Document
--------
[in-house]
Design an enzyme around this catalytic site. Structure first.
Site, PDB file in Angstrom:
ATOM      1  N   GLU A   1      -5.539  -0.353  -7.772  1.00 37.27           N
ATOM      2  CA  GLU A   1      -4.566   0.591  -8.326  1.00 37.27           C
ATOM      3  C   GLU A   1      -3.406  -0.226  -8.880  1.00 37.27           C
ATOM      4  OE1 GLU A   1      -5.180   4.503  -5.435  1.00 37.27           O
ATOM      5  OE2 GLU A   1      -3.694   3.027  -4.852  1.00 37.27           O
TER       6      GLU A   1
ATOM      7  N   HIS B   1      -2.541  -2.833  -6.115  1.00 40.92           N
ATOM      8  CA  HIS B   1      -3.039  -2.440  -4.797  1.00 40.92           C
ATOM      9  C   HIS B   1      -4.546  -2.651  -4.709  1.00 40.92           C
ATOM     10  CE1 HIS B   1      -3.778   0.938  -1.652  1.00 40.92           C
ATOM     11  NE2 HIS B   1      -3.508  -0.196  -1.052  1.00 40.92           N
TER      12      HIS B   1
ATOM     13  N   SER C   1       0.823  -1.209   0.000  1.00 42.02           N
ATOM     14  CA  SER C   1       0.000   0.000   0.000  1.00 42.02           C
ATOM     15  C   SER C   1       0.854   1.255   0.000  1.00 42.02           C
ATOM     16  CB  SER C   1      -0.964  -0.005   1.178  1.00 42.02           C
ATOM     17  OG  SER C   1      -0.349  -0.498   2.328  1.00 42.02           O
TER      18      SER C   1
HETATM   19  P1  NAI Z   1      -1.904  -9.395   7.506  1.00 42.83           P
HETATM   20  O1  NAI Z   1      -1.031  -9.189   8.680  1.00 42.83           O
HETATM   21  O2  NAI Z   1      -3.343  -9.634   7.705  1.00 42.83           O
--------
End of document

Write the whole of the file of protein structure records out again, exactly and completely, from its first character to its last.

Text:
[in-house]
Design an enzyme around this catalytic site. Structure first.
Site, PDB file in Angstrom:
ATOM      1  N   GLU A   1      -5.539  -0.353  -7.772  1.00 37.27           N
ATOM      2  CA  GLU A   1      -4.566   0.591  -8.326  1.00 37.27           C
ATOM      3  C   GLU A   1      -3.406  -0.226  -8.880  1.00 37.27           C
ATOM      4  OE1 GLU A   1      -5.180   4.503  -5.435  1.00 37.27           O
ATOM      5  OE2 GLU A   1      -3.694   3.027  -4.852  1.00 37.27           O
TER       6      GLU A   1
ATOM      7  N   HIS B   1      -2.541  -2.833  -6.115  1.00 40.92           N
ATOM      8  CA  HIS B   1      -3.039  -2.440  -4.797  1.00 40.92           C
ATOM      9  C   HIS B   1      -4.546  -2.651  -4.709  1.00 40.92           C
ATOM     10  CE1 HIS B   1      -3.778   0.938  -1.652  1.00 40.92           C
ATOM     11  NE2 HIS B   1      -3.508  -0.196  -1.052  1.00 40.92           N
TER      12      HIS B   1
ATOM     13  N   SER C   1       0.823  -1.209   0.000  1.00 42.02           N
ATOM     14  CA  SER C   1       0.000   0.000   0.000  1.00 42.02           C
ATOM     15  C   SER C   1       0.854   1.255   0.000  1.00 42.02           C
ATOM     16  CB  SER C   1      -0.964  -0.005   1.178  1.00 42.02           C
ATOM     17  OG  SER C   1      -0.349  -0.498   2.328  1.00 42.02           O
TER      18      SER C   1
HETATM   19  P1  NAI Z   1      -1.904  -9.395   7.506  1.00 42.83           P
HETATM   20  O1  NAI Z   1      -1.031  -9.189   8.680  1.00 42.83           O
HETATM   21  O2  NAI Z   1      -3.343  -9.634   7.705  1.00 42.83           O